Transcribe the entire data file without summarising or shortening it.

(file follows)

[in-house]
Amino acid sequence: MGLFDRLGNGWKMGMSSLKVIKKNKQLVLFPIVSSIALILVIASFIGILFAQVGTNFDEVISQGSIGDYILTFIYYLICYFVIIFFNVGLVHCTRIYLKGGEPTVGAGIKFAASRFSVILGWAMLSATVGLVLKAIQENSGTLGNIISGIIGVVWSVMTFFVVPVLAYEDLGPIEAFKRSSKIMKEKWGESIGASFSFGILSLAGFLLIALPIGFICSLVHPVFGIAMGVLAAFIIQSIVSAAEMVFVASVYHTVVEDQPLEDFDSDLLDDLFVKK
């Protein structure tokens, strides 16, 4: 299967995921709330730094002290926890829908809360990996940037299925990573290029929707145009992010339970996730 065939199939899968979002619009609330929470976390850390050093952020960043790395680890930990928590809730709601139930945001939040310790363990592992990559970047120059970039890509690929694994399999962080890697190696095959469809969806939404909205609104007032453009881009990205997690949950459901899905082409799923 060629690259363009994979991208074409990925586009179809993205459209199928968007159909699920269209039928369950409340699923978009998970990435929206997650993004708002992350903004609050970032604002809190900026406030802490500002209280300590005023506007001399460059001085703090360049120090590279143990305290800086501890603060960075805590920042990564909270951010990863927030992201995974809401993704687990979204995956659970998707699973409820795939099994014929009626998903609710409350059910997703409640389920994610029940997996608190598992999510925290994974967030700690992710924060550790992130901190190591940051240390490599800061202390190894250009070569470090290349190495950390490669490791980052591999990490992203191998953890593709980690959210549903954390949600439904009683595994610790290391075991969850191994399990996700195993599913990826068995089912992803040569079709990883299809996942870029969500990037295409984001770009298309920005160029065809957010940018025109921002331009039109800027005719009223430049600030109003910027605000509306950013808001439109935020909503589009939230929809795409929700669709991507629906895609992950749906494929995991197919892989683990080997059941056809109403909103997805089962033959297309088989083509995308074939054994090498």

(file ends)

[in-house]
Amino acid sequence: MGLFDRLGNGWKMGMSSLKVIKKNKQLVLFPIVSSIALILVIASFIGILFAQVGTNFDEVISQGSIGDYILTFIYYLICYFVIIFFNVGLVHCTRIYLKGGEPTVGAGIKFAASRFSVILGWAMLSATVGLVLKAIQENSGTLGNIISGIIGVVWSVMTFFVVPVLAYEDLGPIEAFKRSSKIMKEKWGESIGASFSFGILSLAGFLLIALPIGFICSLVHPVFGIAMGVLAAFIIQSIVSAAEMVFVASVYHTVVEDQPLEDFDSDLLDDLFVKK
């Protein structure tokens, strides 16, 4: 299967995921709330730094002290926890829908809360990996940037299925990573290029929707145009992010339970996730 065939199939899968979002619009609330929470976390850390050093952020960043790395680890930990928590809730709601139930945001939040310790363990592992990559970047120059970039890509690929694994399999962080890697190696095959469809969806939404909205609104007032453009881009990205997690949950459901899905082409799923 060629690259363009994979991208074409990925586009179809993205459209199928968007159909699920269209039928369950409340699923978009998970990435929206997650993004708002992350903004609050970032604002809190900026406030802490500002209280300590005023506007001399460059001085703090360049120090590279143990305290800086501890603060960075805590920042990564909270951010990863927030992201995974809401993704687990979204995956659970998707699973409820795939099994014929009626998903609710409350059910997703409640389920994610029940997996608190598992999510925290994974967030700690992710924060550790992130901190190591940051240390490599800061202390190894250009070569470090290349190495950390490669490791980052591999990490992203191998953890593709980690959210549903954390949600439904009683595994610790290391075991969850191994399990996700195993599913990826068995089912992803040569079709990883299809996942870029969500990037295409984001770009298309920005160029065809957010940018025109921002331009039109800027005719009223430049600030109003910027605000509306950013808001439109935020909503589009939230929809795409929700669709991507629906895609992950749906494929995991197919892989683990080997059941056809109403909103997805089962033959297309088989083509995308074939054994090498």